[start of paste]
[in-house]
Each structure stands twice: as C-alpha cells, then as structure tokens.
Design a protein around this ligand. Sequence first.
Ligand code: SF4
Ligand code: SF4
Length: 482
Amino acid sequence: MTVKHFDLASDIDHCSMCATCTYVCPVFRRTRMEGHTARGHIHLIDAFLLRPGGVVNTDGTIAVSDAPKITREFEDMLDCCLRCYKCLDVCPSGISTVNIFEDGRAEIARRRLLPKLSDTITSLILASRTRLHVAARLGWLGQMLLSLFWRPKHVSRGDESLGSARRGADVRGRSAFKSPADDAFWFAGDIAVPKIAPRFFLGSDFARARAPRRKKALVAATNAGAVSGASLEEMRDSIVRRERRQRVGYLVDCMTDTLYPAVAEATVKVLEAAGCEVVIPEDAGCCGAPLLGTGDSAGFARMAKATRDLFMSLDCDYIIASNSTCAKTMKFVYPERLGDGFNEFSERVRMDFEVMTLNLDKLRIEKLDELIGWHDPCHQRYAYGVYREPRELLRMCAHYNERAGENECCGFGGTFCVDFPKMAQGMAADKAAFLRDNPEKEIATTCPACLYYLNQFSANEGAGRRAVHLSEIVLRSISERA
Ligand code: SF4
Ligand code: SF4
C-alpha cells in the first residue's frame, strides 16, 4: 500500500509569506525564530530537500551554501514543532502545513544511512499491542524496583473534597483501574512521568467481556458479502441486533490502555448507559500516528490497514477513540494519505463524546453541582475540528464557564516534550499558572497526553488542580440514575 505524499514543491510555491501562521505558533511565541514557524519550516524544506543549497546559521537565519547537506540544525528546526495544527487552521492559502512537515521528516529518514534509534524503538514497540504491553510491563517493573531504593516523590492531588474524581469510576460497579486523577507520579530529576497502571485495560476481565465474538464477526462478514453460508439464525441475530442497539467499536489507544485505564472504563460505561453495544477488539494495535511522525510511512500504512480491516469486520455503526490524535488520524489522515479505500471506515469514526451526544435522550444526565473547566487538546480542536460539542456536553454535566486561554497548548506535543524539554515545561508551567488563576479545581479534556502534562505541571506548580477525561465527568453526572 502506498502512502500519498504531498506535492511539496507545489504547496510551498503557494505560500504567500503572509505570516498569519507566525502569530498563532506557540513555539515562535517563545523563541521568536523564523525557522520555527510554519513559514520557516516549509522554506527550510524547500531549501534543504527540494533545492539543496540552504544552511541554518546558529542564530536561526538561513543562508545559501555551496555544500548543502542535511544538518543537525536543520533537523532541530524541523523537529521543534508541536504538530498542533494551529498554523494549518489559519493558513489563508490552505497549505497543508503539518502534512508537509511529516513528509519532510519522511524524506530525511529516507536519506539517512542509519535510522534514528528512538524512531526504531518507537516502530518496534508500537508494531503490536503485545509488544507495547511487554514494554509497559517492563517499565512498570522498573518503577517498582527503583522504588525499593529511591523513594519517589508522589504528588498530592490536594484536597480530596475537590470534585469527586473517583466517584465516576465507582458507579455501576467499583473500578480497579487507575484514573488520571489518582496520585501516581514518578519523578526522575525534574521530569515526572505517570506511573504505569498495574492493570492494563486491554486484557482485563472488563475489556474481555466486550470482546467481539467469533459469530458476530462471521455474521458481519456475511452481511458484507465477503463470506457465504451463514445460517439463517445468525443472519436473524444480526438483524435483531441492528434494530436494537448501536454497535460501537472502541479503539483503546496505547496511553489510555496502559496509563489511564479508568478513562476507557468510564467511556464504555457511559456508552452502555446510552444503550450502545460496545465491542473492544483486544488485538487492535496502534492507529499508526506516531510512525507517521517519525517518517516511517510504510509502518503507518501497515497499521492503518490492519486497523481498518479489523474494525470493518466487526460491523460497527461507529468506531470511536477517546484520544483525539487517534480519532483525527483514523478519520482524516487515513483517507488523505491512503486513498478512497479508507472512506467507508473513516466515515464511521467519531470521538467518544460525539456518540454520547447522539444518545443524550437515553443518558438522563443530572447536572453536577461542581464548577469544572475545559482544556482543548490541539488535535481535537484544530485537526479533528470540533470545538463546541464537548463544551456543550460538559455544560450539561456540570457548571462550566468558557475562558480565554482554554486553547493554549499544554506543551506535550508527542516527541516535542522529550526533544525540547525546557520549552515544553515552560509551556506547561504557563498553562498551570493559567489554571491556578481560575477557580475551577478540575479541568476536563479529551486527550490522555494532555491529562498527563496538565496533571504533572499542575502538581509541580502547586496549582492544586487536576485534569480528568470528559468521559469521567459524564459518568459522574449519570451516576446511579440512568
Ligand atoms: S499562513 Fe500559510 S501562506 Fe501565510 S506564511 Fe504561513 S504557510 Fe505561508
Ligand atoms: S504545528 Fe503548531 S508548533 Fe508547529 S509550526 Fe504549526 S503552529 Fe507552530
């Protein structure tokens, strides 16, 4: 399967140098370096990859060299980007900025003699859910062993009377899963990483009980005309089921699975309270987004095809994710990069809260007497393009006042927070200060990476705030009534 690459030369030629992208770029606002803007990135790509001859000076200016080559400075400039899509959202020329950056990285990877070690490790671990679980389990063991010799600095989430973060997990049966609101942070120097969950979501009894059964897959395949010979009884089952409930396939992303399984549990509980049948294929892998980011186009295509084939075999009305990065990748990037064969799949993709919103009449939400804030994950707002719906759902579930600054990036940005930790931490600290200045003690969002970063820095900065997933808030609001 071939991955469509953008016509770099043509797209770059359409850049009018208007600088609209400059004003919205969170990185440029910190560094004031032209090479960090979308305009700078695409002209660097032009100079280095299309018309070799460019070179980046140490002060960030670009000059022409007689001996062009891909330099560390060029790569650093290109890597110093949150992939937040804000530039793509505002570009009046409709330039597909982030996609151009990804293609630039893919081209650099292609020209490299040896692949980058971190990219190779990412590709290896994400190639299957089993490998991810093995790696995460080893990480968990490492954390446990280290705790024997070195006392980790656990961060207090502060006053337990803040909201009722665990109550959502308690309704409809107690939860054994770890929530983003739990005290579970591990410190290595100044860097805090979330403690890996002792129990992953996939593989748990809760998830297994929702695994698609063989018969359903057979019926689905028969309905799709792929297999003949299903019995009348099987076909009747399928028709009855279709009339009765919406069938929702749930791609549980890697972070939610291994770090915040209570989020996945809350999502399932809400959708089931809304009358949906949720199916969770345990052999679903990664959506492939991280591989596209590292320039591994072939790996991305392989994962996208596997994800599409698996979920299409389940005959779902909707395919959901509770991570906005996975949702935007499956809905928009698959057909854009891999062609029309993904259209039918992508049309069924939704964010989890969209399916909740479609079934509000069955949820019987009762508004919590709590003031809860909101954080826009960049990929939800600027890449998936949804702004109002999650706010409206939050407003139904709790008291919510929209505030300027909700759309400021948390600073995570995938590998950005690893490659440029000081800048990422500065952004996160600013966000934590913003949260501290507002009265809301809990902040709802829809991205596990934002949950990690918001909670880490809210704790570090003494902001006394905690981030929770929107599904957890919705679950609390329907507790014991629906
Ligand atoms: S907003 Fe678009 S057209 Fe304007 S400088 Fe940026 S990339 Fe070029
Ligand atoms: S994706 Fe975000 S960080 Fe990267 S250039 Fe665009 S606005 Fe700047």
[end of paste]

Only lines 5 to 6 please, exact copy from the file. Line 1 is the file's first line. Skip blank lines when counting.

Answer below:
Ligand code: SF4
Length: 482